For decades, researchers have been working to develop nanoparticles that deliver cancer drugs directly to tumors, minimizing the toxic side effects of chemotherapy. However, even with the best of these nanoparticles, only about 1 percent of the drug typically reaches its intended target.
Now, a team of researchers from MIT, the Sanford-Burnham Medical Research Institute, and the University of California at San Diego have designed a new type of delivery system in which a first wave of nanoparticles homes in on the tumor, then calls in a much larger second wave that dispenses the cancer drug. This communication between nanoparticles, enabled by the body's own biochemistry, boosted drug delivery to tumors by over 40-fold in a mouse study.
This new strategy could enhance the effectiveness of many drugs for cancer and other diseases, says Geoffrey von Maltzahn, a former MIT doctoral student now at Cambridge-based Flagship VentureLabs, and lead author of a paper describing the system in the June 19 online edition of Nature Materials.
"What we've demonstrated is that nanoparticles can be engineered to do things like communicate with each other in the body, and that these capabilities can improve the efficiency with which they find and treat diseases like cancer," says von Maltzahn.
Senior author of the paper is Sangeeta Bhatia, the John and Dorothy Wilson Professor of Health Sciences and Technology and a member of MIT's David H. Koch Institute for Integrative Cancer Research.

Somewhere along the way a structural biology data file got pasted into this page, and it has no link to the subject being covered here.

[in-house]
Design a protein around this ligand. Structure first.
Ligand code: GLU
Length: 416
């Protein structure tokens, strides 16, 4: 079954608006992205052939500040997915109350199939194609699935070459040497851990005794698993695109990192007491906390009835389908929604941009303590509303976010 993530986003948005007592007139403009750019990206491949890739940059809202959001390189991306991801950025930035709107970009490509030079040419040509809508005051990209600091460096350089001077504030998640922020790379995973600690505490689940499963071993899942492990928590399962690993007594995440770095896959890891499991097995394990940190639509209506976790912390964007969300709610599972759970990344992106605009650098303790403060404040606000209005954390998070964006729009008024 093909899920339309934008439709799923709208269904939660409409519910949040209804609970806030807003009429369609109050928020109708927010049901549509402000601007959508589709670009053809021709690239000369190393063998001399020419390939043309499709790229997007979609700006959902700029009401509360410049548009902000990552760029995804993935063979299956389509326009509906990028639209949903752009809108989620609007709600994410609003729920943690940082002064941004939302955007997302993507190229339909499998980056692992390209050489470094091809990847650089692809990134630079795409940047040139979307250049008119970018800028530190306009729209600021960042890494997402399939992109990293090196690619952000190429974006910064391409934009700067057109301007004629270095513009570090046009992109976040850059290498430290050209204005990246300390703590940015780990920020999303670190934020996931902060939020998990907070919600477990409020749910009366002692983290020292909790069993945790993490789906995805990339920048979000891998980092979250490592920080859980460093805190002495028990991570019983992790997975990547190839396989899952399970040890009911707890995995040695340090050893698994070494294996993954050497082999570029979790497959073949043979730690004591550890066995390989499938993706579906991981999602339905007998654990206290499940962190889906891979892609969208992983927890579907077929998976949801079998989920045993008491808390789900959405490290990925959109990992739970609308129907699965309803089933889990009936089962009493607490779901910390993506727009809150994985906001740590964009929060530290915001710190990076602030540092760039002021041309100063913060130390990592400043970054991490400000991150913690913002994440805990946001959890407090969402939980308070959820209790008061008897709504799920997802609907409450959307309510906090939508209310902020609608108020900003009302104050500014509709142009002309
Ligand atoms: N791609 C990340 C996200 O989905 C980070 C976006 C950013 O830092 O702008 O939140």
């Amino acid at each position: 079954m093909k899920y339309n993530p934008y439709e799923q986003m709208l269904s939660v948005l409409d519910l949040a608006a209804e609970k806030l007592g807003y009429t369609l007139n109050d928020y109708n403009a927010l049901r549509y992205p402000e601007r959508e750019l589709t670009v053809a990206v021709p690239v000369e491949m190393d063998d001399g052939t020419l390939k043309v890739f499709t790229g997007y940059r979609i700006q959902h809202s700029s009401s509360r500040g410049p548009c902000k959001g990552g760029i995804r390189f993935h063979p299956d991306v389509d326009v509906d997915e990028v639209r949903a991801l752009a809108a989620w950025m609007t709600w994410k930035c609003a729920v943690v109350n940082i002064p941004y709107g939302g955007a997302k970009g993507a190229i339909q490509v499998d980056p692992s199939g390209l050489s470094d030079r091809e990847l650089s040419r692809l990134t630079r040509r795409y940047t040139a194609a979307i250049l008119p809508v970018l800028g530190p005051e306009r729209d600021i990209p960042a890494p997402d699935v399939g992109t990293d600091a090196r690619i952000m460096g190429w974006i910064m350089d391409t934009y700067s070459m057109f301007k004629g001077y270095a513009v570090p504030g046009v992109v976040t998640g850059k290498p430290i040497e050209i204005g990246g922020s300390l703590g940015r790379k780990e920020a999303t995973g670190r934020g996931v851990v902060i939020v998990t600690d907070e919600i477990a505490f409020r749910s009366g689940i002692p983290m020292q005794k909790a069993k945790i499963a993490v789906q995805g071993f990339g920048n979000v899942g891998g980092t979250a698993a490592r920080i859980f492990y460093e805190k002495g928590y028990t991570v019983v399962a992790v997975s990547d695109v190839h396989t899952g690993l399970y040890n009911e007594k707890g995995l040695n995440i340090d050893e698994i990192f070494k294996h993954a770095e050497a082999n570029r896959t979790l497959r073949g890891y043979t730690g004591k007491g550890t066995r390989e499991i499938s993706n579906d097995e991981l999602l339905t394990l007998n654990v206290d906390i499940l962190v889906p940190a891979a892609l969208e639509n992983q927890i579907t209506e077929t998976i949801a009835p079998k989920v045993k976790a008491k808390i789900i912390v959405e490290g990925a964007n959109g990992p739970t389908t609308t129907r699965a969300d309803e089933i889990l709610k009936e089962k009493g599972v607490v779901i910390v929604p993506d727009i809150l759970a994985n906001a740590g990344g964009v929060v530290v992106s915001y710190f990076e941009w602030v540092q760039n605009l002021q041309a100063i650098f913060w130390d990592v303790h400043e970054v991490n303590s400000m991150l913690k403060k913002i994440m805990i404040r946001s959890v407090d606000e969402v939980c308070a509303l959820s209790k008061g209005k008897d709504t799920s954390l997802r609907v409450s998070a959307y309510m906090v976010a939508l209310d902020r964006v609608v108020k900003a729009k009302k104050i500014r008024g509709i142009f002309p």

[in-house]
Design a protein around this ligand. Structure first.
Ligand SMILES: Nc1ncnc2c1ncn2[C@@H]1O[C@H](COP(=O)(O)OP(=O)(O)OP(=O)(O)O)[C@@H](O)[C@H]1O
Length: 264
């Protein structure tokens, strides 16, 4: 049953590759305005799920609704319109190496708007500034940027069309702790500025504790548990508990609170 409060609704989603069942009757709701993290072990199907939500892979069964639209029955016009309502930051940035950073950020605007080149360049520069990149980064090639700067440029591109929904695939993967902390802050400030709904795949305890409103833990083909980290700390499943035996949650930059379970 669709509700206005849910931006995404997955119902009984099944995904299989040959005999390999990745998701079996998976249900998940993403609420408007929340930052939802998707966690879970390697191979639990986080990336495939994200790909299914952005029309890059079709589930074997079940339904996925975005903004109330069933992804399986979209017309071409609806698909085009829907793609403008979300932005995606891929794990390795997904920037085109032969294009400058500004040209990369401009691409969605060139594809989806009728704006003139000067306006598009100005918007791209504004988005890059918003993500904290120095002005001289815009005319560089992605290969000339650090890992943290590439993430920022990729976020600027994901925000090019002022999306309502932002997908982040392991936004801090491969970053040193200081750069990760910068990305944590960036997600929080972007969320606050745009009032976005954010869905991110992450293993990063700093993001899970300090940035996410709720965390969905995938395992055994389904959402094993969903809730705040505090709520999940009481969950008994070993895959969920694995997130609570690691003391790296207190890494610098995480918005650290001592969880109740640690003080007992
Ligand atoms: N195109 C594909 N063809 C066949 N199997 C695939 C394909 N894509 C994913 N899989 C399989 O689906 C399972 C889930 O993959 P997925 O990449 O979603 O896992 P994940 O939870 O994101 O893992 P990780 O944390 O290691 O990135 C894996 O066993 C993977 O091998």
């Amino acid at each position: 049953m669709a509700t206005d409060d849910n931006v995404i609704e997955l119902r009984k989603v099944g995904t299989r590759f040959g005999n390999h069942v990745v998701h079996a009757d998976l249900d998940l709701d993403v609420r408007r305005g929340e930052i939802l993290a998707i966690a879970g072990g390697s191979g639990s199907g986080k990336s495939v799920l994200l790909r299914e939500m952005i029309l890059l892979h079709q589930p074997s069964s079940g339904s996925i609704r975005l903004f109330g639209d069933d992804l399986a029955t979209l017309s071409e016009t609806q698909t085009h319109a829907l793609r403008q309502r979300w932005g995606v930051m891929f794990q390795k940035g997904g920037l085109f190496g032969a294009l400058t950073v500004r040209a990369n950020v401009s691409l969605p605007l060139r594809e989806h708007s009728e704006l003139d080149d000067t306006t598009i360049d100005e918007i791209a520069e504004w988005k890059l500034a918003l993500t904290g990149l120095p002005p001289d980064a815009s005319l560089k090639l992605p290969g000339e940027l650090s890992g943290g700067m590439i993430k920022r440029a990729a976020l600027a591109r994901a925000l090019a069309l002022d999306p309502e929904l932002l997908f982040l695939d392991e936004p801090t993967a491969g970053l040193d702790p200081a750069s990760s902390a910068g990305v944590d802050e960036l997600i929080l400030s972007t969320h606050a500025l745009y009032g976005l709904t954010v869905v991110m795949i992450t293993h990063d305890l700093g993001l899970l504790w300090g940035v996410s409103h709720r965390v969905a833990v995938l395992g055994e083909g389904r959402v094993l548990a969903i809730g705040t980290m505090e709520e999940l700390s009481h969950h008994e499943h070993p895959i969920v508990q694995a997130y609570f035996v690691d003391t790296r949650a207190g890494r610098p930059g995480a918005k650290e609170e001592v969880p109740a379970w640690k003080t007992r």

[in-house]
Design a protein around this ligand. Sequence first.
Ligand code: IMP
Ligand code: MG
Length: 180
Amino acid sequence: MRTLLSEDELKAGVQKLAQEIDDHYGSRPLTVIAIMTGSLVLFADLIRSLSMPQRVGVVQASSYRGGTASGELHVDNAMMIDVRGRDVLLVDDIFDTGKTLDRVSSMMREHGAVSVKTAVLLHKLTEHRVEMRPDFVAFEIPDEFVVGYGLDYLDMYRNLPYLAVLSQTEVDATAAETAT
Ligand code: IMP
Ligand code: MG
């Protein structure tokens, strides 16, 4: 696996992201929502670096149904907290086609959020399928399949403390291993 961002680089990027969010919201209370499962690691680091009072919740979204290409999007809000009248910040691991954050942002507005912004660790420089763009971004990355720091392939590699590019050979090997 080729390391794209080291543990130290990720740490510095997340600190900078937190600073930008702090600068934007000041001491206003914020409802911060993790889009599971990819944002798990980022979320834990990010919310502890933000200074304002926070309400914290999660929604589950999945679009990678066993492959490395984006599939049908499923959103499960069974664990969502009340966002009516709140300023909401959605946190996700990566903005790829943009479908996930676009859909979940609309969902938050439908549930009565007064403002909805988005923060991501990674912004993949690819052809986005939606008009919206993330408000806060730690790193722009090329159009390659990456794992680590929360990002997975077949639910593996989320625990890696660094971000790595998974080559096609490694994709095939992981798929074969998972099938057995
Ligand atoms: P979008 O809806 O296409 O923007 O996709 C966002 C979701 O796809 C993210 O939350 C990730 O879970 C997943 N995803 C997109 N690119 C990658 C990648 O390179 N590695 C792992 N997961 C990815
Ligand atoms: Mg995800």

Von Maltzahn and Bhatia drew their inspiration from complex biological systems in which many components work together to achieve a common goal. For example, the immune system works through highly orchestrated cooperation between many different types of cells.
"There are beautiful examples throughout biology where at a system scale, complex behaviors emerge as a result of interaction, cooperation, and communication between simple individual components," says von Maltzahn.
The MIT team's approach is based on the blood coagulation cascade - a series of reactions that starts when the body detects injury to a blood vessel. Proteins in the blood known as clotting factors interact in a complex chain of steps to form strands of fibrin, which help seal the injury site and prevent blood loss.
To harness the communication power of that cascade, the researchers needed two types of nanoparticles - signaling and receiving.
Signaling particles, which make up the first wave, exit the bloodstream and arrive at the tumor site via tiny holes in the leaky blood vessels that typically surround tumors (this is the same way that most targeted nanoparticles reach their destination). Once at the tumor, this first wave of particles provokes the body into believing that an injury has occurred at a tumor site, either by emitting heat or by binding to a protein that sets off the coagulation cascade.
Receiving particles are coated with proteins that bind to fibrin, which attracts them to the site of blood clotting. Those second-wave particles also carry a drug payload, which they release once they reach the tumor.
In a study of mice, one system of communicating nanoparticle systems delivered 40 times more doxorubicin (a drug used to treat many types of cancer) than non-communicating nanoparticles. The researchers also saw a correspondingly amplified therapeutic effect on the tumors of mice treated with communicating nanoparticles.
To pave the path for potential clinical trials and regulatory approval, the MIT researchers are now exploring ways to replace components of these cooperative nanosystems with drugs already being tested in patients. For example, drugs that induce coagulation at tumor sites could replace the signaling particles tested in this study.